Blending Tips & Techniques
With today’s colors, blending is proving to be a more challenging job for painters. Color blending is a necessary part of the repair to ensure an undetectable match between panels on your customers vehicle. The only time I consider skipping this step acceptable is on bumpers that have a poor color match to begin with. If your painting a front cover and the back is already dark to the quarter, it can be acceptable to use a slightly darker tint on the front and not blend the fenders. It can depend on the job and what you think is best for your customer.
Give yourself enough room to make the blend
Always know your limits & your colors. If you don’t think you have enough room to make the blend, go into the next panel, it will cost you twice as much when you have to redo the job.
Use an orientation coat
an orientation coat will fill in the small sand scratches and give your base a flatter surface to be blended on. This can make your job much easier. There are a few different options you can use for your orientation coat. An over-reduced clearcoat works well, simply catalyze your clear & reduce it around 9:1. Another option is a transparent tint, usually just a mixing clear in your existing paint system. Some company’s offer it as a separate product only meant for being applied as an orientation coat, any one of these ways will work great.
Another great method for difficult colors is to lay down your orientation coat again before your final blend coat. Apply your blend coat while it is still flashing, this makes your basecoat land without dry spray which can help eliminate a halo.
Don’t Crank the Pressure
Ok, this isn’t always true, there are some situations where you can bump the pressure to make your blend easier…sometimes chasing away a silver halo this can help. For the most part, the reason I would avoid this is because more often then not you end up having the rest of your panel covered in a fine overspray. You will hear it when you run the tack cloth over it and it will appear as dirt when you apply your clear. If you want your base to go on dryer I’d advise increasing your gun distance.
This is pretty simple, just make your base more transparent on your blending coats. You can add some clear basecoat (binder) from your paint line to make it easier to blend out. You should try not to exceed a ratio of 1:1 & remember to reduce your binder accordingly. Avoid over-reducing your paint for transparency as it can lead to problems.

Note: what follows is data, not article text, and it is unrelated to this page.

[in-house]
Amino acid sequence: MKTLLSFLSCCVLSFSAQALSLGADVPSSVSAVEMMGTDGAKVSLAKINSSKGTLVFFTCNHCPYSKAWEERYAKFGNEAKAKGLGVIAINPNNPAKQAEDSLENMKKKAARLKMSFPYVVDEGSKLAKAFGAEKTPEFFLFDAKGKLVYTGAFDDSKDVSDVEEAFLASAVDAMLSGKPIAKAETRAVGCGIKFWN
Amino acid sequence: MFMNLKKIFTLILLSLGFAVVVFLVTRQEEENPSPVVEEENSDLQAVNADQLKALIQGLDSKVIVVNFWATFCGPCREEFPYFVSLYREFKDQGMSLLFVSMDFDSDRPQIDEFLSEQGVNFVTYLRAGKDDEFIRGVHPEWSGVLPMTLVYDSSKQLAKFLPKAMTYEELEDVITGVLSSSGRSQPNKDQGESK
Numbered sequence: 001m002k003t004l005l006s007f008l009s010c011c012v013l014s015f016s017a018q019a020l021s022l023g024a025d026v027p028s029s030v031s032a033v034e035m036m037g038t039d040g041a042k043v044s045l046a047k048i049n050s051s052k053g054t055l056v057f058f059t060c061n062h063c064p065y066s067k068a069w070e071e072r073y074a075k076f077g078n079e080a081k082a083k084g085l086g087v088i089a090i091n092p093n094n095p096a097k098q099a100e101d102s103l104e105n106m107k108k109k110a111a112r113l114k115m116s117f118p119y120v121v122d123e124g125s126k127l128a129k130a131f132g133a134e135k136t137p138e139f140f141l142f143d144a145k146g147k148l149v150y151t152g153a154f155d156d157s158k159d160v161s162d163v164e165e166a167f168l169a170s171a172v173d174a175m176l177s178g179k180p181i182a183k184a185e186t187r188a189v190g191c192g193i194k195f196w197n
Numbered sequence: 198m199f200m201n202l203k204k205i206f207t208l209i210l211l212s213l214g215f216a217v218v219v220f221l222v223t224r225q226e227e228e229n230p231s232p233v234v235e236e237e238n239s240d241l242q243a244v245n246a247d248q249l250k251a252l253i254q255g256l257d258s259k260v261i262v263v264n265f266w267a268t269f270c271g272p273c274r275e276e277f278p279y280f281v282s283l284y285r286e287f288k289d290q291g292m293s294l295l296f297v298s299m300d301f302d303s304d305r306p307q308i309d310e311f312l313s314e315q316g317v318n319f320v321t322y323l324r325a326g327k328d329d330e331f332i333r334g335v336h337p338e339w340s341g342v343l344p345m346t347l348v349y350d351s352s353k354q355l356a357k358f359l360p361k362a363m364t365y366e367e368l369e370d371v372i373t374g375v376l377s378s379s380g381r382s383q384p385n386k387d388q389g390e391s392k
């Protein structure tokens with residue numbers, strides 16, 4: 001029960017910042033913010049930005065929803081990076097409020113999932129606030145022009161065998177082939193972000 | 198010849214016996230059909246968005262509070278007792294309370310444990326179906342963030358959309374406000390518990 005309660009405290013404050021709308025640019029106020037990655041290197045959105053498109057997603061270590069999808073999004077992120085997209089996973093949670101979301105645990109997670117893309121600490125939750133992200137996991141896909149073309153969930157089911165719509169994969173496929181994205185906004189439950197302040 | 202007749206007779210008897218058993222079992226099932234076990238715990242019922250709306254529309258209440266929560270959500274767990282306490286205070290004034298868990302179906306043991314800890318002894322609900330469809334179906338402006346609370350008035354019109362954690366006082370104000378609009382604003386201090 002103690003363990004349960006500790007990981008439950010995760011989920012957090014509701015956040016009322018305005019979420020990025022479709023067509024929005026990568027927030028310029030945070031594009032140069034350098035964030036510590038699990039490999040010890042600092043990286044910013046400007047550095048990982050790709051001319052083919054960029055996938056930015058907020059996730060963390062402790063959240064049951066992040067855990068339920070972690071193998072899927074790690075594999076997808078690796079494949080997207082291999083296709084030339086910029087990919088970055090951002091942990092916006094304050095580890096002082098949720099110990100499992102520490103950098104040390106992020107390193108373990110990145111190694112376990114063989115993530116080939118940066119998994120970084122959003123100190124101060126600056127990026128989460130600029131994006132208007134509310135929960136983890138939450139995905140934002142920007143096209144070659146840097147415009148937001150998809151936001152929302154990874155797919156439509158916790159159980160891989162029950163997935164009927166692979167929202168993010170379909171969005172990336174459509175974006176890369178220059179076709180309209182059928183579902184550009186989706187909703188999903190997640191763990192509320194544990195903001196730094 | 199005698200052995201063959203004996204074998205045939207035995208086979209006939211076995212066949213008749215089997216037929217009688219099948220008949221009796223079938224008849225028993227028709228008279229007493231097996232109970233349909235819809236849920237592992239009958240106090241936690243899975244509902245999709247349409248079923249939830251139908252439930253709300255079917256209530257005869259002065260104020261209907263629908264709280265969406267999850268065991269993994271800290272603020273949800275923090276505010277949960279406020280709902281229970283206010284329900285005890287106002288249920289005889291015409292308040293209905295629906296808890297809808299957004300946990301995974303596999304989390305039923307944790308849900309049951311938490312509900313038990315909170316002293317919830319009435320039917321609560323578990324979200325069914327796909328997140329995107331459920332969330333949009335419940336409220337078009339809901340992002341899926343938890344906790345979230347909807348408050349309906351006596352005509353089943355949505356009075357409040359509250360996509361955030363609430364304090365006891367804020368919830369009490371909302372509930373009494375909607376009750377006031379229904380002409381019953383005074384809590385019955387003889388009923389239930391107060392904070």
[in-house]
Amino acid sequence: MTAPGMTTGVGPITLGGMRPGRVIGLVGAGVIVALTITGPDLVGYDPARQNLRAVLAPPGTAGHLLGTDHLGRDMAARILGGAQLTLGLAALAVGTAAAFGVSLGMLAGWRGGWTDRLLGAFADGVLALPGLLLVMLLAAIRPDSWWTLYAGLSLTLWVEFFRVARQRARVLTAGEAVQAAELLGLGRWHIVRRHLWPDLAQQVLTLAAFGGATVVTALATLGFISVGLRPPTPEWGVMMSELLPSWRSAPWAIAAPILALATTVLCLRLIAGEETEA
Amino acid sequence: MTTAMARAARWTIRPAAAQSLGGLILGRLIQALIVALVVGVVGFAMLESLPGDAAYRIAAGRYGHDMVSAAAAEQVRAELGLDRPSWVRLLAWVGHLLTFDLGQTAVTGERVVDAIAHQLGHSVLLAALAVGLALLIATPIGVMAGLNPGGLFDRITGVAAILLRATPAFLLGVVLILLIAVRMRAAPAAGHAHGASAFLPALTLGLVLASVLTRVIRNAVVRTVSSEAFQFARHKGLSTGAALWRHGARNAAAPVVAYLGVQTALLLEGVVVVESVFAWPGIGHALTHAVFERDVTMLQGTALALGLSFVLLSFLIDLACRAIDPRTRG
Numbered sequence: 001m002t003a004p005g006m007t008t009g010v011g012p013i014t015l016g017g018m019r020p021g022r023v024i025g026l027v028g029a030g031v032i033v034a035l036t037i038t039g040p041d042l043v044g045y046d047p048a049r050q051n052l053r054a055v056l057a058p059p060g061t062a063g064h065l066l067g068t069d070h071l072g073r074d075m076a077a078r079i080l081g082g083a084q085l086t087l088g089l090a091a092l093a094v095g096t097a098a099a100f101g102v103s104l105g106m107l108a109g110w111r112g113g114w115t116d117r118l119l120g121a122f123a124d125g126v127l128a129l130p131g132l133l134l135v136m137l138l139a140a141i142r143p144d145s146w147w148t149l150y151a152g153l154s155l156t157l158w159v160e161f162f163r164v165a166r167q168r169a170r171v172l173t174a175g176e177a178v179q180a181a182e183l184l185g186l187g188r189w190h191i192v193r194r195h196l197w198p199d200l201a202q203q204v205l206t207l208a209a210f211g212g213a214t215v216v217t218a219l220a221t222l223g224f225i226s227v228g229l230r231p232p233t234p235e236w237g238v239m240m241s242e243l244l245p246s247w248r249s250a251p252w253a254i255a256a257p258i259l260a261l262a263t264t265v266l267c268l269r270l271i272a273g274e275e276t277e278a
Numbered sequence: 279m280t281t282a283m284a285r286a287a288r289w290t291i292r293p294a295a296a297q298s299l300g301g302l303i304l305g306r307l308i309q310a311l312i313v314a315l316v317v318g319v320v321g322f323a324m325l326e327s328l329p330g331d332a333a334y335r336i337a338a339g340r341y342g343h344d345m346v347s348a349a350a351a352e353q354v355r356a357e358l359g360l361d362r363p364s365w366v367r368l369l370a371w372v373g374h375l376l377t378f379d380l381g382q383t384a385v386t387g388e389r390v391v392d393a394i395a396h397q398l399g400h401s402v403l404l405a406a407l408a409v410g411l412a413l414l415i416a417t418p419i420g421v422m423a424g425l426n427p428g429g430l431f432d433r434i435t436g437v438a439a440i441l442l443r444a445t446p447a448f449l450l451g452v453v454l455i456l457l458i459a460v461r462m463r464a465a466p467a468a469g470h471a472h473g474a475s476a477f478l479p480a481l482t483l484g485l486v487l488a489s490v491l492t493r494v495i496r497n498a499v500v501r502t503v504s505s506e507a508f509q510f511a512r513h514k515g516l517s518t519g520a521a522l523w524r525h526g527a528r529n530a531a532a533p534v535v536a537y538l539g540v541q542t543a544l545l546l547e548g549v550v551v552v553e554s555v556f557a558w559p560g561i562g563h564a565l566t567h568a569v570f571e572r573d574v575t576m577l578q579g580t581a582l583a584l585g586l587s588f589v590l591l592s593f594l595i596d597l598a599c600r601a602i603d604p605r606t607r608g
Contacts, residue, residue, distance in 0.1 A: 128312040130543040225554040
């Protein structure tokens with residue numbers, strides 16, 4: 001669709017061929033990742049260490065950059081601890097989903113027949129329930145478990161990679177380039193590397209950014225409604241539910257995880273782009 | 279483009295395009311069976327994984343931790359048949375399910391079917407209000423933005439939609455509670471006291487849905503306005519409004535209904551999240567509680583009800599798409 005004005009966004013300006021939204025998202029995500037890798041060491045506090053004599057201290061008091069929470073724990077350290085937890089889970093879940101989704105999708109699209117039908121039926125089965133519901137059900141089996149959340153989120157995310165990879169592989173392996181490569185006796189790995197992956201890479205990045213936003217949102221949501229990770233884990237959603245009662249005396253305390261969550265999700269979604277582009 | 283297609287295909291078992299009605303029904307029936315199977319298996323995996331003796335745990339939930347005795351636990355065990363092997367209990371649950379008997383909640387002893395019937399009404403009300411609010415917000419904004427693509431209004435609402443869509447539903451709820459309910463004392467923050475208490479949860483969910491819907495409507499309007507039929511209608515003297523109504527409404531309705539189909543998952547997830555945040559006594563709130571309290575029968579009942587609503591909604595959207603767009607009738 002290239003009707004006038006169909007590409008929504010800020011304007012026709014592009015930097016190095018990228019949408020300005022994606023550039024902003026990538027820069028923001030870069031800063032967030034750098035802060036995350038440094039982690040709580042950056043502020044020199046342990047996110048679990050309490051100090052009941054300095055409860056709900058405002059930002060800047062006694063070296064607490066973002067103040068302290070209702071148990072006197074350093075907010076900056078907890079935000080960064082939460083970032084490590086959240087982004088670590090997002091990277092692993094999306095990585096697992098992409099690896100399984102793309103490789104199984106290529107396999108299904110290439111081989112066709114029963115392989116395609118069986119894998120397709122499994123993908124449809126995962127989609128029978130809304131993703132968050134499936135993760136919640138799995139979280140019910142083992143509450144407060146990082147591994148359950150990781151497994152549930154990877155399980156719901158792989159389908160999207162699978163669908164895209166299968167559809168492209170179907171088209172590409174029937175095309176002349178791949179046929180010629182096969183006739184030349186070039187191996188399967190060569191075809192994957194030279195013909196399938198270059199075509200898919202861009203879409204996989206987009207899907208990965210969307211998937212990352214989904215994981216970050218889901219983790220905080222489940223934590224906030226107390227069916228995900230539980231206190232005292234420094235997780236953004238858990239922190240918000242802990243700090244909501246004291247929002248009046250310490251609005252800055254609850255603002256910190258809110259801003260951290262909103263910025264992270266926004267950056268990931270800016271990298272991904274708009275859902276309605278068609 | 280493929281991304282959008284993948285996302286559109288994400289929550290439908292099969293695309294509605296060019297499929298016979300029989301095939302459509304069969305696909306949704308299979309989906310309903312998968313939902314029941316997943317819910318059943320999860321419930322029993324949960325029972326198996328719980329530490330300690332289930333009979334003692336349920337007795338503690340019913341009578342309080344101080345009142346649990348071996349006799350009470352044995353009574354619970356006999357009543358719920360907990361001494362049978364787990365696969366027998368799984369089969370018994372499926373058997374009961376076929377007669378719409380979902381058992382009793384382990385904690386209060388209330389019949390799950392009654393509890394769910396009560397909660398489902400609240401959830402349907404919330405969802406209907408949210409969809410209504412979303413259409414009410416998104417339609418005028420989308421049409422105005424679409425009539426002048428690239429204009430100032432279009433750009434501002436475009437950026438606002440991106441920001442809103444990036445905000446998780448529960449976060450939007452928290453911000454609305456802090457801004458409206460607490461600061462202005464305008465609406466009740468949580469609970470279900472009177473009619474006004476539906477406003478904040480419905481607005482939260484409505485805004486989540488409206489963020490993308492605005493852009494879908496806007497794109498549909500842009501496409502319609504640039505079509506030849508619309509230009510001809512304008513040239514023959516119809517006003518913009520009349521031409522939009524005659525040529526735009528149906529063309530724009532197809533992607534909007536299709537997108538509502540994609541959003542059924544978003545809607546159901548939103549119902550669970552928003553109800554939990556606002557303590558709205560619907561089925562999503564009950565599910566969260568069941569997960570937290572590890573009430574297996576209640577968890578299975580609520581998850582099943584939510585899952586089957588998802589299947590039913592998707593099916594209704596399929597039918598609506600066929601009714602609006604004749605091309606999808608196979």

This technique is now for everybody but it is very effective when utilized correctly. What you will do is spray your first coat as your blend, fan it out as you normally would. Bring each subsequent coat inside a little bit more until you’ve achieved hiding. The theory behind it is that you’re never painting over the previous coat’s overspray, each coat lands on a perfectly smooth surface.
Lowering your air pressure for your final coat is another way to combat difficult colors. The basic idea again is that your paint lands wet and you don\’t end up with a dry edge that reflects the metallics differently causing a visible blend. With polyester based paints you can drop your pressure even lower and get a really good drop coat on, just keep in mind the drop coat will darken your color, certain silvers and golds this isn’t the best idea.
These are a few simple strategies used to make blending easier, other ideas that are sometimes overlooked is color match and equipment settings. Always make sure your using recommended spray equipment and ensure that the color your spraying is going to be a blend-able match before you try it on your vehicle. Spray out cards only take a few minutes and can sometimes save a few hours!
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